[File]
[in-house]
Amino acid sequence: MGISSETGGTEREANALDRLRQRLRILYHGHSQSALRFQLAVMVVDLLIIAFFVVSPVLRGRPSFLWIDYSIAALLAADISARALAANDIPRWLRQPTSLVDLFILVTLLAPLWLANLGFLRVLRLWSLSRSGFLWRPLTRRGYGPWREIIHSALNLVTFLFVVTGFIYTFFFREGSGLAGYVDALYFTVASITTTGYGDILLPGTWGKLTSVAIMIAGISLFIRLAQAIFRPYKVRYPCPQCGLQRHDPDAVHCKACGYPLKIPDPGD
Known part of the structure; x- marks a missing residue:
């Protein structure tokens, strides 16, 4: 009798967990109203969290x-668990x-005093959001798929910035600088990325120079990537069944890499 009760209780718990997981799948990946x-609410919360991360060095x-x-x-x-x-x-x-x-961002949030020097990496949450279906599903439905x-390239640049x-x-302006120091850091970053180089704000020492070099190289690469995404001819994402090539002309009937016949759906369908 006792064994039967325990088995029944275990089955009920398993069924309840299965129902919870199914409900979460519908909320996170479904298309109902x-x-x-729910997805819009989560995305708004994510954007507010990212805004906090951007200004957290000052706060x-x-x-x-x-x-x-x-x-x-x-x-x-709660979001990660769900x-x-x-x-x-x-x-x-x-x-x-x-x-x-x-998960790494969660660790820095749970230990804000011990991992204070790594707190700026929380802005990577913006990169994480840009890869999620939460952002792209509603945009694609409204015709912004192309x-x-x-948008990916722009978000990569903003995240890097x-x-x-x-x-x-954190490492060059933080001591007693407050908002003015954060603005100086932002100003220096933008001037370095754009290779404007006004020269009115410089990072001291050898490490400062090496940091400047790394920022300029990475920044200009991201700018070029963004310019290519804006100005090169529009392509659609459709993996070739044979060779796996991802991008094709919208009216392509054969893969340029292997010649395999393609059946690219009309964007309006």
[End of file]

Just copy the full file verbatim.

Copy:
[in-house]
Amino acid sequence: MGISSETGGTEREANALDRLRQRLRILYHGHSQSALRFQLAVMVVDLLIIAFFVVSPVLRGRPSFLWIDYSIAALLAADISARALAANDIPRWLRQPTSLVDLFILVTLLAPLWLANLGFLRVLRLWSLSRSGFLWRPLTRRGYGPWREIIHSALNLVTFLFVVTGFIYTFFFREGSGLAGYVDALYFTVASITTTGYGDILLPGTWGKLTSVAIMIAGISLFIRLAQAIFRPYKVRYPCPQCGLQRHDPDAVHCKACGYPLKIPDPGD
Known part of the structure; x- marks a missing residue:
């Protein structure tokens, strides 16, 4: 009798967990109203969290x-668990x-005093959001798929910035600088990325120079990537069944890499 009760209780718990997981799948990946x-609410919360991360060095x-x-x-x-x-x-x-x-961002949030020097990496949450279906599903439905x-390239640049x-x-302006120091850091970053180089704000020492070099190289690469995404001819994402090539002309009937016949759906369908 006792064994039967325990088995029944275990089955009920398993069924309840299965129902919870199914409900979460519908909320996170479904298309109902x-x-x-729910997805819009989560995305708004994510954007507010990212805004906090951007200004957290000052706060x-x-x-x-x-x-x-x-x-x-x-x-x-709660979001990660769900x-x-x-x-x-x-x-x-x-x-x-x-x-x-x-998960790494969660660790820095749970230990804000011990991992204070790594707190700026929380802005990577913006990169994480840009890869999620939460952002792209509603945009694609409204015709912004192309x-x-x-948008990916722009978000990569903003995240890097x-x-x-x-x-x-954190490492060059933080001591007693407050908002003015954060603005100086932002100003220096933008001037370095754009290779404007006004020269009115410089990072001291050898490490400062090496940091400047790394920022300029990475920044200009991201700018070029963004310019290519804006100005090169529009392509659609459709993996070739044979060779796996991802991008094709919208009216392509054969893969340029292997010649395999393609059946690219009309964007309006």